Other future opportunities for haiku in English include an increasing number of e-books, more and more online interaction, and even video meetings. How about an HSA YouTube channel, with readings, lectures, and instructional videos? An HSA-sponsored list on Amazon.com of recommended haiku books for beginners, or other HSA-branded recommendation lists for books of translation? Or more of an HSA presence on Twitter? HSA anthologies in Kindle, Nook, and iPad versions? Or how about smartphone haiku apps that present winners of past HSA haiku and senryu contests, or smartphone apps that teach haiku to beginners? Technology has so many opportunities that the HSA hasn’t even looked at.
The haiku community, including the Haiku Society of America, could also do a much better job of integrating itself into mainstream poetry through increased publicity and interaction. Why do we not have a greater involvement with Poets House in New York City, or the Poetry Foundation in Chicago, or with such writing centers as The Loft in Minneapolis or the Richard Hugo House in Seattle? Why, for example, has the HSA never had a presence at the West Chester Poetry Conference on formal poetry (where, alas, they have for years been promoting pseudo-haiku, thinking haiku to be merely syllable-counting)? And there are many other events where we should proudly share our knowledge and rich heritage. Haiku poets need to get out of the ghetto they’ve made for themselves. They can do this by being involved in national poetry or literary events such as the AWP conference, MLA and ALA conferences, the Dodge and Skagit River poetry festivals, and many other similar opportunities in addition to West Chester. This has already started to happen, but the potential for growth is still well ahead of us. It will take effort not just from the Haiku Society of America as a whole, but dedicated energy from leading individual members.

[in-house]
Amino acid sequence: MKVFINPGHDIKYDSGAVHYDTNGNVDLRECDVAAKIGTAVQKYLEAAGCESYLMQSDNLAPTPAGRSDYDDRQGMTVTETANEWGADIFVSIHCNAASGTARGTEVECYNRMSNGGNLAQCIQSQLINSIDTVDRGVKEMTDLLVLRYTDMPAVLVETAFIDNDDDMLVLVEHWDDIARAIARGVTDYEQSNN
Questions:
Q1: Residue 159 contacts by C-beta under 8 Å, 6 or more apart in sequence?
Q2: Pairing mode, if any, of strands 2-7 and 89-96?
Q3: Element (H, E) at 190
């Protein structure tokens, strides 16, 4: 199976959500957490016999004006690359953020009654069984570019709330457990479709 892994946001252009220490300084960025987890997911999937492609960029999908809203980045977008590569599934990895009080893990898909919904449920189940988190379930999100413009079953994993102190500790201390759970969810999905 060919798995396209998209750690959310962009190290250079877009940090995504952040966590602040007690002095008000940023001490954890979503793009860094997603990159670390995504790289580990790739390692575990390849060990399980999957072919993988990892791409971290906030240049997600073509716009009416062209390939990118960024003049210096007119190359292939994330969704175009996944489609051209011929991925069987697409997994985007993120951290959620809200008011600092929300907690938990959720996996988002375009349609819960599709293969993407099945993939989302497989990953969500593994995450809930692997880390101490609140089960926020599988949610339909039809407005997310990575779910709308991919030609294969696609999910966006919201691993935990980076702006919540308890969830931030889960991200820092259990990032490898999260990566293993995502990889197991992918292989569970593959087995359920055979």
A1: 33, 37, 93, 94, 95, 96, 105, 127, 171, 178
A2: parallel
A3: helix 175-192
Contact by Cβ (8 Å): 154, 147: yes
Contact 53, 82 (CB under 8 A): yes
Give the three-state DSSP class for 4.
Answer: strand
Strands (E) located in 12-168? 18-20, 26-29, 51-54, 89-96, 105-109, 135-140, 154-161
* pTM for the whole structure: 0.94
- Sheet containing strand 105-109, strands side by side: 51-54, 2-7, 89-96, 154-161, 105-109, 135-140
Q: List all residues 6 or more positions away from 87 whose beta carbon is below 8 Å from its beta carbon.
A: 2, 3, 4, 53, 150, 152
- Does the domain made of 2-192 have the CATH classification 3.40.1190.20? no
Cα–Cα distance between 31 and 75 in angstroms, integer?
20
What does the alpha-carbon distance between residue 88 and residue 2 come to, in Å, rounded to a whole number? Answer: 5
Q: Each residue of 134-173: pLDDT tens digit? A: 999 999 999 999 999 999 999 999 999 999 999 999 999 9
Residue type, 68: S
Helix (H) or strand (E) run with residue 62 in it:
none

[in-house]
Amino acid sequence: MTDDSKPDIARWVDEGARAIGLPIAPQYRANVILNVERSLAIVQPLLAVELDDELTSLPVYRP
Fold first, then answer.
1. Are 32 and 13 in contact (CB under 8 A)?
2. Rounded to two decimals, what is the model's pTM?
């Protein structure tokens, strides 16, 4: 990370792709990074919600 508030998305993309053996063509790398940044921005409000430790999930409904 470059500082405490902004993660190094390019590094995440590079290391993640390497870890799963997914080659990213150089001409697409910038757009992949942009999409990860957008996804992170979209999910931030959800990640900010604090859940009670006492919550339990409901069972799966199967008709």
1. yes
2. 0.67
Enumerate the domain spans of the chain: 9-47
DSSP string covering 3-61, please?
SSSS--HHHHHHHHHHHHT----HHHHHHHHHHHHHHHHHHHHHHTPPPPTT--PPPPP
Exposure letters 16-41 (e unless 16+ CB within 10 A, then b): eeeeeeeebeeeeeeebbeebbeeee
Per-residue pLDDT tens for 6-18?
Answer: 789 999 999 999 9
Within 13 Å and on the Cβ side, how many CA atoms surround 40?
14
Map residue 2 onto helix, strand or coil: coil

But the greatest opportunity, I think, is improved haiku education. This is not just the greatest opportunity, but also the greatest need. The Haiku Society of America and other haiku poets who are concerned about the proper teaching of haiku in English as well as its Japanese antecedents would seem well advised to more intensely harness the Internet to improve the quality of haiku education across the country. Teaching guides, lesson plans, commentary in established literary journals, and other interaction, if focused and intense enough, could go a long way to changing the direction of the haiku ship, steering it towards something more informed than just 5-7-5. Participation at various poetry conferences would help in this regard, but educational needs for haiku lie beyond these conferences as well. Haiku continues to be widely mistaught in schools (in grade school through graduate school) as merely a 5-7-5-syllable poem, which is superficial at best, and at worst disguises or hides the real challenges of haiku, including the use of season words, a juxtapositional structure, allusion, and primarily objective sensory imagery. The urban myth of haiku merely as a 5-7-5 poem is in dire need of correction, and while it might take generations to correct, the Haiku Society of America, if it can muster the focus and resources, is chiefly poised to help facilitate such a change—along with sister organizations such as the Haiku Foundation, Haiku Canada, the British Haiku Society, and the Haiku International Association, among others.